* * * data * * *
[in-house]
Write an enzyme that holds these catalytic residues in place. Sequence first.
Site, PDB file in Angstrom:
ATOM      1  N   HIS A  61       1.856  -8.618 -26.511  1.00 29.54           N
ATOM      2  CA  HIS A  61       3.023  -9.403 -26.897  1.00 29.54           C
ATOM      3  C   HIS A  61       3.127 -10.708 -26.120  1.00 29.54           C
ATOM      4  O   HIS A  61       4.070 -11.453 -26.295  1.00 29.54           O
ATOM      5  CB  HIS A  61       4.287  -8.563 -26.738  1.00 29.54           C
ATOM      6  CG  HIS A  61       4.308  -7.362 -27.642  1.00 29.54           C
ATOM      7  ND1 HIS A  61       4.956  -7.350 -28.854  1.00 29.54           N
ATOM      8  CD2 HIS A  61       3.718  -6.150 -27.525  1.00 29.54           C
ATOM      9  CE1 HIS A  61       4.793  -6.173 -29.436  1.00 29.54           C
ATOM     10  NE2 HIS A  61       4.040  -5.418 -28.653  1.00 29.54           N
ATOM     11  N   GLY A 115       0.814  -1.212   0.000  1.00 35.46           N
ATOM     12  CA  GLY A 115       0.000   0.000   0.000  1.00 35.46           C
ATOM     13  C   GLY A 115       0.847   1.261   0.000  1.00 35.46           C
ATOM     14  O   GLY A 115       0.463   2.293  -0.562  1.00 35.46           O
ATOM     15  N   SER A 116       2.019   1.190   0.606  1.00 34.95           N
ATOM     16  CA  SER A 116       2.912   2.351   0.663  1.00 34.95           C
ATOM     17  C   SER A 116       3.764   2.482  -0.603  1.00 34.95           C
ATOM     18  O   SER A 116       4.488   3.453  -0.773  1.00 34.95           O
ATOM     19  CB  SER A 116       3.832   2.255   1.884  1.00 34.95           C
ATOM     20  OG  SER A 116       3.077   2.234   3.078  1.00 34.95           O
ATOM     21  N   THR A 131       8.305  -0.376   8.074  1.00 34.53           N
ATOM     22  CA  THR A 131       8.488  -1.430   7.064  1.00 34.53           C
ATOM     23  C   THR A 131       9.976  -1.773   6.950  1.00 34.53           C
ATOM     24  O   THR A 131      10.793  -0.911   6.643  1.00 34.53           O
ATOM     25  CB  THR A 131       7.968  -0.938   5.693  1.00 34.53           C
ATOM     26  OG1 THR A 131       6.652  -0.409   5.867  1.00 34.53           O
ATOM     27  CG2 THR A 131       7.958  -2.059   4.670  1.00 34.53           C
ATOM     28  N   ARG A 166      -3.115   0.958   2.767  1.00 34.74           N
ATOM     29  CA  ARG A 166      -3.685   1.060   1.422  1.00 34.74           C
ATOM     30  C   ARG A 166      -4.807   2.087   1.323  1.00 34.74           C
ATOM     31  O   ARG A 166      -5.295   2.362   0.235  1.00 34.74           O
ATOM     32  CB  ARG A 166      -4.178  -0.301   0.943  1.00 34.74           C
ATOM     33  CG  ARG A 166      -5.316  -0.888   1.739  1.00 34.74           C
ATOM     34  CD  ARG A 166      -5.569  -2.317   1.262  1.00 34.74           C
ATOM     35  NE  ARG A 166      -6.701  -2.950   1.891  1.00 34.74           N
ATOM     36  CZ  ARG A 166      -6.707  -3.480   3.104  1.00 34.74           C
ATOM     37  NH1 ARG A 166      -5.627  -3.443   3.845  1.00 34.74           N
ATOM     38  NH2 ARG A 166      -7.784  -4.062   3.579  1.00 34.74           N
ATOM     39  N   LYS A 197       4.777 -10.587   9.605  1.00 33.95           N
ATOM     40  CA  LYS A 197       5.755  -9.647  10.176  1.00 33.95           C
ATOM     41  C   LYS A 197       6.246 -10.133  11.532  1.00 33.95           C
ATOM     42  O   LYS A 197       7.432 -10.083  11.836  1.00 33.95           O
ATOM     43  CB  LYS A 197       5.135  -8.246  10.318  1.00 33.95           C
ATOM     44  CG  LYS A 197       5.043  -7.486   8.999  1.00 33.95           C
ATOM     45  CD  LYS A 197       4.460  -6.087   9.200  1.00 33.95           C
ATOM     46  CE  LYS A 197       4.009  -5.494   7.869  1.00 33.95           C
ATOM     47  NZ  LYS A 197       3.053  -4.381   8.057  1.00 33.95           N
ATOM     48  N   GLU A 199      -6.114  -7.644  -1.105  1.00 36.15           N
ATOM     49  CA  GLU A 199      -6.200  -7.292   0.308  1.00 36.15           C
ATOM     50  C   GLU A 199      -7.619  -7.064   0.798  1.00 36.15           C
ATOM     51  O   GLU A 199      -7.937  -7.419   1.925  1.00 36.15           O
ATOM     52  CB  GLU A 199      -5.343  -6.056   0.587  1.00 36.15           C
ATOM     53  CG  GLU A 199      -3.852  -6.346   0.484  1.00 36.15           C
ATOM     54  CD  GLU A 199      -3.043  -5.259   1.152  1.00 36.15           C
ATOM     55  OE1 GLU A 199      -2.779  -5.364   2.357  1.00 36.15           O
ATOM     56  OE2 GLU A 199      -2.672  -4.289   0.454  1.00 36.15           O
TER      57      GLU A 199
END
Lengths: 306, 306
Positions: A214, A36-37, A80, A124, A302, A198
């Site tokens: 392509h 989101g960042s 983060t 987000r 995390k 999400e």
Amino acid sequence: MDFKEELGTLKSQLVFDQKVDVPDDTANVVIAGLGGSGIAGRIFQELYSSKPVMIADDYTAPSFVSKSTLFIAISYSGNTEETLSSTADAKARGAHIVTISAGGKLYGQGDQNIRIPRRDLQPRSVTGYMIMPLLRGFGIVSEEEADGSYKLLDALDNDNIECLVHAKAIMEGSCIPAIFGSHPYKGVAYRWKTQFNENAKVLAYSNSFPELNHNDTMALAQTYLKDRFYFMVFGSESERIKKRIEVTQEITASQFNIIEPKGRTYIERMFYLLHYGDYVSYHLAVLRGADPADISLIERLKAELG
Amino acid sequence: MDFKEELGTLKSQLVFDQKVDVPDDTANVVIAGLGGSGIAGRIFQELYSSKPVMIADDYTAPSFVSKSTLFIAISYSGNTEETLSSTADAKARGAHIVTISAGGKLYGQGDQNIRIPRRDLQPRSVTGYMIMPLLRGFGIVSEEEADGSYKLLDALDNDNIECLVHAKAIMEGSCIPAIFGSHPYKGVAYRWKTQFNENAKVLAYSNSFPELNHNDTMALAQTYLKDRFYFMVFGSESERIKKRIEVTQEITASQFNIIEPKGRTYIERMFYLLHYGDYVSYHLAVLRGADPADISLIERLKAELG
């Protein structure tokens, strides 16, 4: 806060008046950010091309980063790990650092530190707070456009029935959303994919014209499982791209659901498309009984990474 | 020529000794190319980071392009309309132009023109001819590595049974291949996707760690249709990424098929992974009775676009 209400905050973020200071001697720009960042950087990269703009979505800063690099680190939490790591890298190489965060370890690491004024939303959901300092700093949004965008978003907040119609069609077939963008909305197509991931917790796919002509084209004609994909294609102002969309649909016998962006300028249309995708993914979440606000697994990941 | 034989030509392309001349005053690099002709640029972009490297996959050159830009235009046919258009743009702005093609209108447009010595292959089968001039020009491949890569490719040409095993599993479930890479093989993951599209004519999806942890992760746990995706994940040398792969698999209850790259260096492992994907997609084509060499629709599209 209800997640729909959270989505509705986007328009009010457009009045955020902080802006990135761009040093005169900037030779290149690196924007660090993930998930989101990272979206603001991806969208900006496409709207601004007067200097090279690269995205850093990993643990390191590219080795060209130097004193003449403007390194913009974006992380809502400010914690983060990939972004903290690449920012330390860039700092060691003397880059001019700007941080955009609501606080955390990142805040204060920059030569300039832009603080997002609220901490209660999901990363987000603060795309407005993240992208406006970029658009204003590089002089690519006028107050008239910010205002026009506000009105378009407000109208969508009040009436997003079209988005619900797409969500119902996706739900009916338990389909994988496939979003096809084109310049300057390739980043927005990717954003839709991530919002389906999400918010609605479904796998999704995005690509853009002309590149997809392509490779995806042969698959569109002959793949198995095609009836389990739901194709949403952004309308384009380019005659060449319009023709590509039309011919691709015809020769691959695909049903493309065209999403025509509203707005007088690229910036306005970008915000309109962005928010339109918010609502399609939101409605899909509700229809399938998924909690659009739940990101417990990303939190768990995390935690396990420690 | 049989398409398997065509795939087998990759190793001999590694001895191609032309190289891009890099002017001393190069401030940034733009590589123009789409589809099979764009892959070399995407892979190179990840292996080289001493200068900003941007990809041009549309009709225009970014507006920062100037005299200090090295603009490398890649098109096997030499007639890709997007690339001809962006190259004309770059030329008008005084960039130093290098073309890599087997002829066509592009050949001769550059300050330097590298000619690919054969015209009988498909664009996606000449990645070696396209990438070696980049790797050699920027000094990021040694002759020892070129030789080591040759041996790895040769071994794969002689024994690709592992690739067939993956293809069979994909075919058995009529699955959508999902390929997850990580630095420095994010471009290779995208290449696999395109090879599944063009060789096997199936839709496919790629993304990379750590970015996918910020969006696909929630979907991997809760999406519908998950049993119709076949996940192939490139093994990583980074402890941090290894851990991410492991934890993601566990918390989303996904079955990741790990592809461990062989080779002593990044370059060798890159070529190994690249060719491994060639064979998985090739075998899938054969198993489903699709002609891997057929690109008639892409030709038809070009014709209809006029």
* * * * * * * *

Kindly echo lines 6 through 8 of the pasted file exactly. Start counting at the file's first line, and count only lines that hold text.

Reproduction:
ATOM      3  C   HIS A  61       3.127 -10.708 -26.120  1.00 29.54           C
ATOM      4  O   HIS A  61       4.070 -11.453 -26.295  1.00 29.54           O
ATOM      5  CB  HIS A  61       4.287  -8.563 -26.738  1.00 29.54           C